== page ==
Cheating on my Husband.

JMJ

The Readings for Tuesday in the Week of Pentecost (B2)

Adulteri, nescitis quia amicitia hujus mundi inimica est Dei? quicumque ergo voluerit amicus esse saeculi hujus, inimicus Dei constituitur.
Adulterers, know you not that the friendship of this world is the enemy of God? Whosoever therefore will be a friend of this world, becometh an enemy of God. 

When James uses the word “adulterers” here, he means we are not being faithful to our relationship with God. We may think we’re being polyamorous but God wants us all to himself. We’re cheating on him.

I never know how to navigate this. Look sex I can handle. Racism, Ecology, Peace, Justice… this I can handle. But when someone asks me where I want to be in 5 years time, the answer has always been “closer to heaven”. In as much as I’ve always wanted to be a priest, I don’t have any map for success, or any idea of what it would look like. Increasingly, though, as that goal seems less and less likely, I’ve listened to my friend, Steve Robinson: 

  • I need to be an adult: 
    • pay my bills, 
    • say my prayers, 
    • support my parish, 
    • and love my parents. 
In as much as the Church’s preferential option must be for the poor, my every breath must be exhausted defending them, supporting them, sacrificing for them. Since I am a single man with no family to support I have more of an obligation to do so than someone with kids and the added vocational direction of supporting his family.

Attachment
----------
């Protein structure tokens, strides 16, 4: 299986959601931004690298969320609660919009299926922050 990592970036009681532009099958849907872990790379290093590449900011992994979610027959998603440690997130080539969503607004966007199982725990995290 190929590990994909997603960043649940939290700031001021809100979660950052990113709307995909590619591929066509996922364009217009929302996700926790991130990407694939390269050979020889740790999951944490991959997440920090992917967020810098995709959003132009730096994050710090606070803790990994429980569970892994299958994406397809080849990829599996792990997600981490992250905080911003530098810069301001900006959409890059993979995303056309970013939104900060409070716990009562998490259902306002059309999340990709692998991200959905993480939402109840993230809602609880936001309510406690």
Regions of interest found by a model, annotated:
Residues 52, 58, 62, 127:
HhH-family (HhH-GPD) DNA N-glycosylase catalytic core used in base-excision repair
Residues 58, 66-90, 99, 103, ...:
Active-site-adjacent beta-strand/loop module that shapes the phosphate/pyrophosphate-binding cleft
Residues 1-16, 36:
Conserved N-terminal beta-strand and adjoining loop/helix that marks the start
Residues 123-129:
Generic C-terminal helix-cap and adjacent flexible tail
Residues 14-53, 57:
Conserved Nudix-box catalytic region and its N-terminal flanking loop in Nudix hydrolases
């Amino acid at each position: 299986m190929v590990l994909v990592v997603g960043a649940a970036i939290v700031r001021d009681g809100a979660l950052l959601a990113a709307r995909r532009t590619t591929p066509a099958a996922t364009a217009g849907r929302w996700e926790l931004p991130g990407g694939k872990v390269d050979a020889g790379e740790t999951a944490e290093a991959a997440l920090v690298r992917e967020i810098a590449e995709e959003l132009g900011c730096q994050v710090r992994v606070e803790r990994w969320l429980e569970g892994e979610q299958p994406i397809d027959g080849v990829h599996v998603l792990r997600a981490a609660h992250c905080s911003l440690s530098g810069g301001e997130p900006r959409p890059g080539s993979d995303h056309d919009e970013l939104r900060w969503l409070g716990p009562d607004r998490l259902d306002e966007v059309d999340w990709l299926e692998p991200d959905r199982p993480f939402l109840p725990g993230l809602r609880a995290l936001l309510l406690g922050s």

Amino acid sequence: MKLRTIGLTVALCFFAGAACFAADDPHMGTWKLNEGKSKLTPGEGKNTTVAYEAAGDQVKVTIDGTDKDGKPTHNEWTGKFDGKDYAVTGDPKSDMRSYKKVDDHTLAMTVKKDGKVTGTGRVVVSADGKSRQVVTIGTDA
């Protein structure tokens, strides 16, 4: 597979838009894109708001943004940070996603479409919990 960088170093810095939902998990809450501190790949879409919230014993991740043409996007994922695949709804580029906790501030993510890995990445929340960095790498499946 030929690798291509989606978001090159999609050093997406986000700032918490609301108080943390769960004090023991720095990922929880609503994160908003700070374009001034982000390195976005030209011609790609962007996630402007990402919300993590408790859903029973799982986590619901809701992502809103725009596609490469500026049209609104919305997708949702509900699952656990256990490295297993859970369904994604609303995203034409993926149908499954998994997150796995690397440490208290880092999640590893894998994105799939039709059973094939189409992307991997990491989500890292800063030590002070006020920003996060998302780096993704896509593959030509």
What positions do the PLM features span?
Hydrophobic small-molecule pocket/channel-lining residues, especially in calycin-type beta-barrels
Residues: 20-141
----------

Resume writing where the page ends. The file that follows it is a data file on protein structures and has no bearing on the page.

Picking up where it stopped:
But every paycheck that comes in means I can buy more toys, or save for my future. Every meeting with a manager is a chance to succeed, every business deal with a deal worth making.

And I don’t know what counts as friend of this world in this context. When I sit in my own apartment not only do I feel alone most nights, I also feel like I’m wasting money. The question for me is not should I be living in a community and donating more money and time to the mission of the Church but rather how can I make this happen?

This is the part is that is most painful for me: the part that feels like a failure. I’ve become successful and so as much as I thank God for this success, I also feel like a hypocrite in doing so. It’s not an ambivalent relationship to worldly success but rather a train wreck of an illicit affair. Back in September I posted all that follows: it’s a way to not be an adulterer. It starts with a quite from Blessed John Henry Cardinal Newman: